Progressive decline in fractional anisotropy on serial DTI examinations of the corpus callosum: a putative marker of disease activity and progression in SPMS
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Clinical trials of secondary progressive multiple sclerosis (SPMS) is lacking reliable biomarkers or outcome measures that reflect tissue injury incurred within a 1- to 2-year observation period. Diffusion tensor imaging (DTI) is sensitive in detecting acute brain tissue damage. We monitored SPMS patients over 12 months for diffusion changes within the corpus callosum (CC).
Bimonthly MRI examinations over a 1-year period were performed on 11 SPMS patients. The protocol included postcontrast T1-weighted images and DTI. Based on the appearance of T1 enhancing lesion(s) during the study period, the patients were divided into enhancing (five patients) and nonenhancing (six patients) groups. Fractional anisotropy (FA) and mean diffusivity (MD) of the genu, body, and splenium of the CC were measured and temporal changes in mean FA and MD were evaluated for each group as well as between groups. Immunology data from peripheral blood mononuclear cells were also collected on a monthly basis.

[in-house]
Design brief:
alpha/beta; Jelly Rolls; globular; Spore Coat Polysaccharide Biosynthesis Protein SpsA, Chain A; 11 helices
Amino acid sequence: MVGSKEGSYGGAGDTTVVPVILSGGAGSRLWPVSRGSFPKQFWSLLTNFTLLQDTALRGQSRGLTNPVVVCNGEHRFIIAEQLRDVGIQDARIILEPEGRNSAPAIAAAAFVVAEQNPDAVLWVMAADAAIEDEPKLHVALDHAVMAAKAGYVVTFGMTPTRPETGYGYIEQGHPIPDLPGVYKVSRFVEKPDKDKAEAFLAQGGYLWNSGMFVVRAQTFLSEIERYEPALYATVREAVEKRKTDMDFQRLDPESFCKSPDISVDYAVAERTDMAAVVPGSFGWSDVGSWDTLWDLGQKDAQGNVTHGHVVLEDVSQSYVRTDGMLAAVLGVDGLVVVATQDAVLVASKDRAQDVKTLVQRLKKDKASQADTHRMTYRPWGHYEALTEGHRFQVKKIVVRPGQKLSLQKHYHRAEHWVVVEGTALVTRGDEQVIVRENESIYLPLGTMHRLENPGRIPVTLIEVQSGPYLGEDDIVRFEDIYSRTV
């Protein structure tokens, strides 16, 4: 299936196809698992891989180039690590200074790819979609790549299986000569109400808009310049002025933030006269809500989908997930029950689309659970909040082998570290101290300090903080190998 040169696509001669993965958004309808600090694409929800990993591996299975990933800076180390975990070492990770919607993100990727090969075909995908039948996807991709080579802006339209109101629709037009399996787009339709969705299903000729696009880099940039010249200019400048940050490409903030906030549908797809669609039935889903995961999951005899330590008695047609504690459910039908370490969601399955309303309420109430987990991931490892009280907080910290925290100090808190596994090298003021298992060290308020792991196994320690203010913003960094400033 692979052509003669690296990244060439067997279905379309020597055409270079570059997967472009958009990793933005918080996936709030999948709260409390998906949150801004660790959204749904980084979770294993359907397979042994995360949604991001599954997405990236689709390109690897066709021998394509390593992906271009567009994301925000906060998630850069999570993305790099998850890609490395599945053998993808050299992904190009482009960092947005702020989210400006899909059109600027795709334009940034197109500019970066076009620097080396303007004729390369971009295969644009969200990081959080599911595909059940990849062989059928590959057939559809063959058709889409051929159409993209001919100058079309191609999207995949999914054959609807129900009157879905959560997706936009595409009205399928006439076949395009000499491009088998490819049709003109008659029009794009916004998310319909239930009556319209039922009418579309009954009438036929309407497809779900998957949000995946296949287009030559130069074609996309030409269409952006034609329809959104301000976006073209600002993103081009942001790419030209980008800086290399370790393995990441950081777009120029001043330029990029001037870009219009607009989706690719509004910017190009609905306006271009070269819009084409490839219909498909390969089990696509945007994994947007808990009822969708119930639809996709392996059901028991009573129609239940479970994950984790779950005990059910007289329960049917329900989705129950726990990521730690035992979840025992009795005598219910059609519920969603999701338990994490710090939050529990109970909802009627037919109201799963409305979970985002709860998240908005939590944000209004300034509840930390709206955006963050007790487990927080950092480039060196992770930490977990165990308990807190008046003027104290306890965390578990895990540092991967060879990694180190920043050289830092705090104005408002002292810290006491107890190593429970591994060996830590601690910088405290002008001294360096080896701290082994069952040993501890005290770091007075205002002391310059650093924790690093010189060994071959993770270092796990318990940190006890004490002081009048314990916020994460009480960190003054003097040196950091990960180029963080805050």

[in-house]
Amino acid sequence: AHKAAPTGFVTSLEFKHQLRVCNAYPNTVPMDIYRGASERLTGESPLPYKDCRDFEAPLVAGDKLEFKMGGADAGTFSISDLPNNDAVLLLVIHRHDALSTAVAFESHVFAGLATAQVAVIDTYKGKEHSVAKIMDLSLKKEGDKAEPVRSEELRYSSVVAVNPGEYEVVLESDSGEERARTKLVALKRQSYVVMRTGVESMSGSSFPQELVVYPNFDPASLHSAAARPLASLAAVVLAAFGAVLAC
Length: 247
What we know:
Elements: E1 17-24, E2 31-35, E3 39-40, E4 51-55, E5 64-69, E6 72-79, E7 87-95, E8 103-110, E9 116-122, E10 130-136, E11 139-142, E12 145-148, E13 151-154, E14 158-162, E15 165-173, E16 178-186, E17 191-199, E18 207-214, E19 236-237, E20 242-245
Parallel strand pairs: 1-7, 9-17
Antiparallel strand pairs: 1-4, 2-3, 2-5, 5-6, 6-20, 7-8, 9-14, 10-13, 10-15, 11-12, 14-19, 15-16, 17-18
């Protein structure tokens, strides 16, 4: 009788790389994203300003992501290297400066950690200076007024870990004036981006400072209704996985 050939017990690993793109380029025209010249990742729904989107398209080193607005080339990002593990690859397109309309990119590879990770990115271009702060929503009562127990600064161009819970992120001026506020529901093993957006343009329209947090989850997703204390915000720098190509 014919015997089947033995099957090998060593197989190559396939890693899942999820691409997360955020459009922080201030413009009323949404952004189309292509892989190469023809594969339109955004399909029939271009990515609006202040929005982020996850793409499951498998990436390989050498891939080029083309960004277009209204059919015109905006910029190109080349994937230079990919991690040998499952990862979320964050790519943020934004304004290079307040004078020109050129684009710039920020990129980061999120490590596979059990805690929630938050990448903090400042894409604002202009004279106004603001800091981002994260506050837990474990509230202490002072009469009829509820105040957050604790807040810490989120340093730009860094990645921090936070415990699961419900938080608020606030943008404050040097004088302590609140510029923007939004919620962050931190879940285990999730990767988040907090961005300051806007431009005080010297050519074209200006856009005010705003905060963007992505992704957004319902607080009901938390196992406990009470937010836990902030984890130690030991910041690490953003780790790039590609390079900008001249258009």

The enhancing group showed significant, progressive decrease in FA in body (p = 0.012) and splenium (p = 0.033) of CC, and significantly higher lymphotoxin-β levels. No significant FA changes were seen in the nonenhancing group. Moreover, the FA decline in the enhancing group deviated significantly from the nonenhancing group, which remained essentially stable. Although MD increased slightly in both groups, there was no significant difference between the two groups.
Based on the MR and immunology findings, the results of our study suggest that DTI undergo more rapid and longitudinal changes in SPMS patients with inflammatory activity.